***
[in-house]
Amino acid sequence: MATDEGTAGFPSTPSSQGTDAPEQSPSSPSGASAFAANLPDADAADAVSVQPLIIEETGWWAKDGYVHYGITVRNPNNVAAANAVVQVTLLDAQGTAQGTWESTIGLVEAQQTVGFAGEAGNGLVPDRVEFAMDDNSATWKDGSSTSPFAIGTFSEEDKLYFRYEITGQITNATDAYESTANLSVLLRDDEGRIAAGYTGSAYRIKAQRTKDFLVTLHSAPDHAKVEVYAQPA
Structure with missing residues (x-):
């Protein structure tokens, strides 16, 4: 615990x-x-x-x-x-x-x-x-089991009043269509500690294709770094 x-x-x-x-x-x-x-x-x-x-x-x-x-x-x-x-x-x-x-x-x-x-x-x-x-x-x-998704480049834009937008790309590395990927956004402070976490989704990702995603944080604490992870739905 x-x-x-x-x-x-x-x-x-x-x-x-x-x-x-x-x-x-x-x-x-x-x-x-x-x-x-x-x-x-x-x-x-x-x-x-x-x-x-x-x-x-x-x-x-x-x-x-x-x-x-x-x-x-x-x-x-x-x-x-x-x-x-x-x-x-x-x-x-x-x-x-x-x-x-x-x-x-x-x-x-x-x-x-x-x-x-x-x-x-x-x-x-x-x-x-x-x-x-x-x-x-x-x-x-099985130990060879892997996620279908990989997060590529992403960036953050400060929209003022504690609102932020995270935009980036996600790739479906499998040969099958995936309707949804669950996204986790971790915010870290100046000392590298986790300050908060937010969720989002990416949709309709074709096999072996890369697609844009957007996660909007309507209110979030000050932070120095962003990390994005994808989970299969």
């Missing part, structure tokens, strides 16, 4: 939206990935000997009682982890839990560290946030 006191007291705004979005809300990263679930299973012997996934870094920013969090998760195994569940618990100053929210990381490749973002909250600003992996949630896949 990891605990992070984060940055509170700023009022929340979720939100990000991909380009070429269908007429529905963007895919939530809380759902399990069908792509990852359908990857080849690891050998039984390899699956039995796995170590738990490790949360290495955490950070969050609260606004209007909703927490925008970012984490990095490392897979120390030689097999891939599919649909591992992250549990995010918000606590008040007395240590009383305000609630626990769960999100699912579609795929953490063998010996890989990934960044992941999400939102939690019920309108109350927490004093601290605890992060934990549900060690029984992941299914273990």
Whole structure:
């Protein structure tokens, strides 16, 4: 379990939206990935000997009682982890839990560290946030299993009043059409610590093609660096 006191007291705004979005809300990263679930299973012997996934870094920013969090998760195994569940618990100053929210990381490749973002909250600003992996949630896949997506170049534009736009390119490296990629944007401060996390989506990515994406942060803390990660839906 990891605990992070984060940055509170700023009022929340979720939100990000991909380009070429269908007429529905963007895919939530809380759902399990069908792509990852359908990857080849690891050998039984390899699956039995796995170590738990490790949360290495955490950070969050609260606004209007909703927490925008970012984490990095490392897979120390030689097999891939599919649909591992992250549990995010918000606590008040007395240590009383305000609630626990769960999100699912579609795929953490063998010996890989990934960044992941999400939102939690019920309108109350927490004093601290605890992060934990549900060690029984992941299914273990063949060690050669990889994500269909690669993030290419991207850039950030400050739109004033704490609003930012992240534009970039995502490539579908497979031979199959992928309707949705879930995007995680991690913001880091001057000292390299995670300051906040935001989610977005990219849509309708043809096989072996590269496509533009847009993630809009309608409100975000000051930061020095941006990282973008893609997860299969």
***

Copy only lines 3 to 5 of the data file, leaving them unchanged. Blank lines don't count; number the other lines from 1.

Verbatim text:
Structure with missing residues (x-):
């Protein structure tokens, strides 16, 4: 615990x-x-x-x-x-x-x-x-089991009043269509500690294709770094 x-x-x-x-x-x-x-x-x-x-x-x-x-x-x-x-x-x-x-x-x-x-x-x-x-x-x-998704480049834009937008790309590395990927956004402070976490989704990702995603944080604490992870739905 x-x-x-x-x-x-x-x-x-x-x-x-x-x-x-x-x-x-x-x-x-x-x-x-x-x-x-x-x-x-x-x-x-x-x-x-x-x-x-x-x-x-x-x-x-x-x-x-x-x-x-x-x-x-x-x-x-x-x-x-x-x-x-x-x-x-x-x-x-x-x-x-x-x-x-x-x-x-x-x-x-x-x-x-x-x-x-x-x-x-x-x-x-x-x-x-x-x-x-x-x-x-x-x-x-099985130990060879892997996620279908990989997060590529992403960036953050400060929209003022504690609102932020995270935009980036996600790739479906499998040969099958995936309707949804669950996204986790971790915010870290100046000392590298986790300050908060937010969720989002990416949709309709074709096999072996890369697609844009957007996660909007309507209110979030000050932070120095962003990390994005994808989970299969």
């Missing part, structure tokens, strides 16, 4: 939206990935000997009682982890839990560290946030 006191007291705004979005809300990263679930299973012997996934870094920013969090998760195994569940618990100053929210990381490749973002909250600003992996949630896949 990891605990992070984060940055509170700023009022929340979720939100990000991909380009070429269908007429529905963007895919939530809380759902399990069908792509990852359908990857080849690891050998039984390899699956039995796995170590738990490790949360290495955490950070969050609260606004209007909703927490925008970012984490990095490392897979120390030689097999891939599919649909591992992250549990995010918000606590008040007395240590009383305000609630626990769960999100699912579609795929953490063998010996890989990934960044992941999400939102939690019920309108109350927490004093601290605890992060934990549900060690029984992941299914273990």